BEIRUT -- Medicines produced in Iran and Syria that do not conform to international legal and industry standards are filling the shelves of pharmacies in parts of Lebanon dominated by Hizbullah, pharmacists told Al-Mashareq.
These drugs -- often smuggled into the country via border crossings with Syria that the Iran-backed party controls -- are widely available at its affiliated health centres and pharmacies, they said.
Hizbullah also has sought to capitalise on the market saturation to expand its influence by offering non-standard medications at a discounted price.
Party officials have made it known that al-Sajjad card holders can now buy medicine from al-Mortada pharmacies and other co-operating pharmacies at discounted prices, according to a June 3 broadcast on MTV.
According to the report, al-Mortada branches sell smuggled Iranian and Syrian medicines that are not registered with Lebanon's Ministry of Public Health, including drugs for blood pressure, diabetes and other chronic diseases.
More than 150 kinds of Iranian drugs are sold at these pharmacies.
Hizbullah is planning to increase the number of al-Mortada pharmacies from three in total to one pharmacy for each of the six towns under its control in the Bekaa Valley, Beirut's southern suburb and southern Lebanon, the report said.
Public health risk
Lebanon is facing an acute shortage of many medications and a concurrent intensification in smuggling operations, largely due to the economic crisis that resulted in the lifting of subsidies over a year ago.
Medications that are not authorised by the Ministry of Public Health are imported via intermediaries, so uncontrolled supplies of expired or counterfeit medication enter the country, according to Amnesty International.
This poses a public health risk, it said.
Between 2019 and mid-2021, Hizbullah-affiliated health ministers added a number of medications to the ministry's list of approved drugs in violation of legal standards, people familiar with the issue said.
According to a Hermel-based Hizbullah defector, who asked that his name be withheld, Iranian and Syrian medicines "stack the shelves of pharmacies in Baalbek-Hermel, Beirut's southern suburb and in Hizbullah's health centres".
"Hizbullah-affiliated entities smuggle Syrian medications on a daily basis via illegal crossings in Homs and al-Qusayr," he told Al-Mashareq.
"They also smuggle Iranian drugs by land, sea and air, and distribute them to pharmacies affiliated with Hizbullah, especially al-Mortada pharmacies," he said.
Violating industry standards
"We don't approve of any medicines that are illegally smuggled to Lebanon from Iran, Syria or any other country which are not legally registered with the Ministry of Public Health," said Lebanese Order of Pharmacists president Joe Salloum.
"We can't possibly market and sell those drugs in our pharmacies," he told Al-Mashareq. "Smuggled medicines affect Lebanon's health sector, its reputation and its citizens."
The organisation has filed a complaint with the Public Prosecutor's Court of Cassation, he said, and is urging the ministry to shut down these pharmacies.
Medicine sold in Lebanon must meet the standards of the ministry's drug technical committee, and all pharmaceutical products, whether locally manufactured or imported, must be registered with the ministry.
"Those who bring smuggled medicines into Lebanon are known; they're the same people who had smuggled subsidised medicines [out of Lebanon] before the subsidies were lifted," Salloum said.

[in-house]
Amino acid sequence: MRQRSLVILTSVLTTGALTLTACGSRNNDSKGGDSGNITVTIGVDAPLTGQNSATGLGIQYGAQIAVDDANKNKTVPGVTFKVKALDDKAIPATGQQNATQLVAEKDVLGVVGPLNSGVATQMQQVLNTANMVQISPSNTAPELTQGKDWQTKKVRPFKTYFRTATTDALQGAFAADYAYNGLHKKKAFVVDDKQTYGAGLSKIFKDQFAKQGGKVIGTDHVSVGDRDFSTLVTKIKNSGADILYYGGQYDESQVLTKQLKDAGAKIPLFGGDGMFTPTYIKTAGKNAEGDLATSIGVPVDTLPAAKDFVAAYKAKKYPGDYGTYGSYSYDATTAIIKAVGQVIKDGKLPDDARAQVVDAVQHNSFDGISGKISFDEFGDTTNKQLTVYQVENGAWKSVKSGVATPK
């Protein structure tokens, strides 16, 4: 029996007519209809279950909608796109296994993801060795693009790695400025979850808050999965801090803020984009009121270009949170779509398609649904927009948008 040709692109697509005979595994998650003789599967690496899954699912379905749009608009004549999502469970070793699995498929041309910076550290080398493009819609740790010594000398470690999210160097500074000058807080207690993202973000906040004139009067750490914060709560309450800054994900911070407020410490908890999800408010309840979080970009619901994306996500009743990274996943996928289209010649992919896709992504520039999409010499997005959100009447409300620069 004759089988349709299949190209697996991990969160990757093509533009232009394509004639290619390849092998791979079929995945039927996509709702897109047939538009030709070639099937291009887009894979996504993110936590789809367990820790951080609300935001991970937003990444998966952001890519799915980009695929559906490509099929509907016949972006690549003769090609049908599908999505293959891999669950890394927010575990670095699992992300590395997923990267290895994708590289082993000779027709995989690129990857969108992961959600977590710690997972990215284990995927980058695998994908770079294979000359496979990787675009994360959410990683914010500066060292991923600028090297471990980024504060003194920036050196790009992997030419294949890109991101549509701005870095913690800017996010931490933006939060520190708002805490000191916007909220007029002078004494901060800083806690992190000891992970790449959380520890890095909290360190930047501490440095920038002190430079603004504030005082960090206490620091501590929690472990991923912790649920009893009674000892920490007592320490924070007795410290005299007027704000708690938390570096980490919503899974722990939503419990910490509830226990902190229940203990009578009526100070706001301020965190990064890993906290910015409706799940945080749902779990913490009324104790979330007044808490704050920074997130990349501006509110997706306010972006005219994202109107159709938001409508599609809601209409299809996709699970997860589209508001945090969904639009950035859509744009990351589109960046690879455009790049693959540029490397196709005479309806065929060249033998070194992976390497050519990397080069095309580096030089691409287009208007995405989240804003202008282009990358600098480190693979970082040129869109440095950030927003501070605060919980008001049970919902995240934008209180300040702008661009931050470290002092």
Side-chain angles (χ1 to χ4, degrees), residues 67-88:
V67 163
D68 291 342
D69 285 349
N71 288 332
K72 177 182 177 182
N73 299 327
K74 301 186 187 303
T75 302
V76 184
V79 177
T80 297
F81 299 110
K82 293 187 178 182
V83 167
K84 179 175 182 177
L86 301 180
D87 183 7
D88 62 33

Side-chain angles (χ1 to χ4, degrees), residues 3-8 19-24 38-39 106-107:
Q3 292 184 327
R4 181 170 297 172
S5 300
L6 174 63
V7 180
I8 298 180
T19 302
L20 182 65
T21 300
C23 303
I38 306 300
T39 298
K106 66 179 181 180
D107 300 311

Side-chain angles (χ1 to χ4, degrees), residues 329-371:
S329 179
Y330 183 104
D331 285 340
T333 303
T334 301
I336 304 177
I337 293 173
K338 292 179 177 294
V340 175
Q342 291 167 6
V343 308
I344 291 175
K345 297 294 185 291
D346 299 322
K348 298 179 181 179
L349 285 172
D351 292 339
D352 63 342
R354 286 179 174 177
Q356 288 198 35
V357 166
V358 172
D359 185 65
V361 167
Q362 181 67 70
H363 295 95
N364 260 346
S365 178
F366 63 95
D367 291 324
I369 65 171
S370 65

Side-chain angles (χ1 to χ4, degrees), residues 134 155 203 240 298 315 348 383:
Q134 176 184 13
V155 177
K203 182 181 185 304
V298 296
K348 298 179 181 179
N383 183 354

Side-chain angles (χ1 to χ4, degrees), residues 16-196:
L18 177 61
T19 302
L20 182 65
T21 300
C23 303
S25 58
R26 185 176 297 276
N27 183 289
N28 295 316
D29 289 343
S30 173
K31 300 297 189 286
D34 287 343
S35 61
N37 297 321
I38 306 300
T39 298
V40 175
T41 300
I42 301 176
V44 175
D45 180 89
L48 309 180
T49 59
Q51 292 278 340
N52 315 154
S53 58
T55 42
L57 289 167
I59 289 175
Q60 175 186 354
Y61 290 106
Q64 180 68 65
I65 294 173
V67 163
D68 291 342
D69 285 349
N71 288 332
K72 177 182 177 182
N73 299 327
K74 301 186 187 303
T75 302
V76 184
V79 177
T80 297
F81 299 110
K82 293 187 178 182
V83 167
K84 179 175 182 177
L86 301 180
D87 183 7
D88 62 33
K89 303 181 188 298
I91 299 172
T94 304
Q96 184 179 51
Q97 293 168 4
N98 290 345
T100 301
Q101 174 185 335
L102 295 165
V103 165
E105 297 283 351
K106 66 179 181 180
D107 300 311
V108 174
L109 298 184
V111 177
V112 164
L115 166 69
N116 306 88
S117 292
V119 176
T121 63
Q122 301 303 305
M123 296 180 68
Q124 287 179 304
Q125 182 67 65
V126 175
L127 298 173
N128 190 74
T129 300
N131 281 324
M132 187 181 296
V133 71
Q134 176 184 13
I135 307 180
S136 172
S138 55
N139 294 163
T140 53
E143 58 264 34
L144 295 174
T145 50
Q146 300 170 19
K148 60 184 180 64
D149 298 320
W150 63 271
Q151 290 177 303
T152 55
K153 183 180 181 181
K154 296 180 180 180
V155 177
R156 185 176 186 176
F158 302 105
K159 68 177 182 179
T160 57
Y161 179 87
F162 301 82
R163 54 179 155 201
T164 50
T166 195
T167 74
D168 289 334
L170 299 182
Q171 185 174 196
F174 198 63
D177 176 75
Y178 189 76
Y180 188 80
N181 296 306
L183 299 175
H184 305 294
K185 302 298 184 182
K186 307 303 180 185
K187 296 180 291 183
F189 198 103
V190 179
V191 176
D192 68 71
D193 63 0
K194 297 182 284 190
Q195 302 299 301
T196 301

Some networks smuggle medicines that do not meet World Health Organisation (WHO) or European Medicines Agency standards, he said.
"The problem is that they don't undergo central testing to check their components and quality and to make sure they comply with international specifications," a pharmacist who asked to remain anonymous told Al-Mashareq.
"These medicines are smuggled by people living in border areas, and also by entities affiliated with Hizbullah," he said.
'New spiral of collapse'
"Smuggling medicine is seen as a defiance and evasion of US sanctions on Iran," the pharmacist said.
It helps generate revenue for Iran and Hizbullah, he said, while depriving Lebanon of tax revenue.
Pharmacist Katrina Nasrallah told Al-Mashareq she sells only drugs approved by the WHO and EuroHealthNet, which she receives from approved medical representatives.
She urged consumers to be extra vigilant when they purchase medication and to make sure it is approved by the appropriate international organisations.
"It would be wrong to consider the smuggled medicines as an alternative for filling the shortage of pharmaceutical products," economist Violette Ghazal al-Balaa told Al-Mashareq.
In fact, they represent "unequal competition" with the locally manufactured medications, she said.
"Moreover, smuggled medications don't meet the storage, shipping and quality specifications, as they aren't subjected to any monitoring and don't have official certificates of origin," she said.
The continued smuggling of medicine will negatively reflect on the pharmaceutical industry in Lebanon and the future of factories, companies and workforce in this sector, al-Balaa said.
It is no surprise that Iranian and Syrian medicines are among the smuggled medicines "as long as Hizbullah controls the border crossings", she said.
The continued smuggling of nonstandard medicines "will aggravate the suffering of the Lebanese people", and will have a negative effect on the economy, "since they compete against locally manufactured medications", al-Balaa said.
This, plus the possibility of more sanctions "may throw Lebanon into a new spiral of collapse", she said.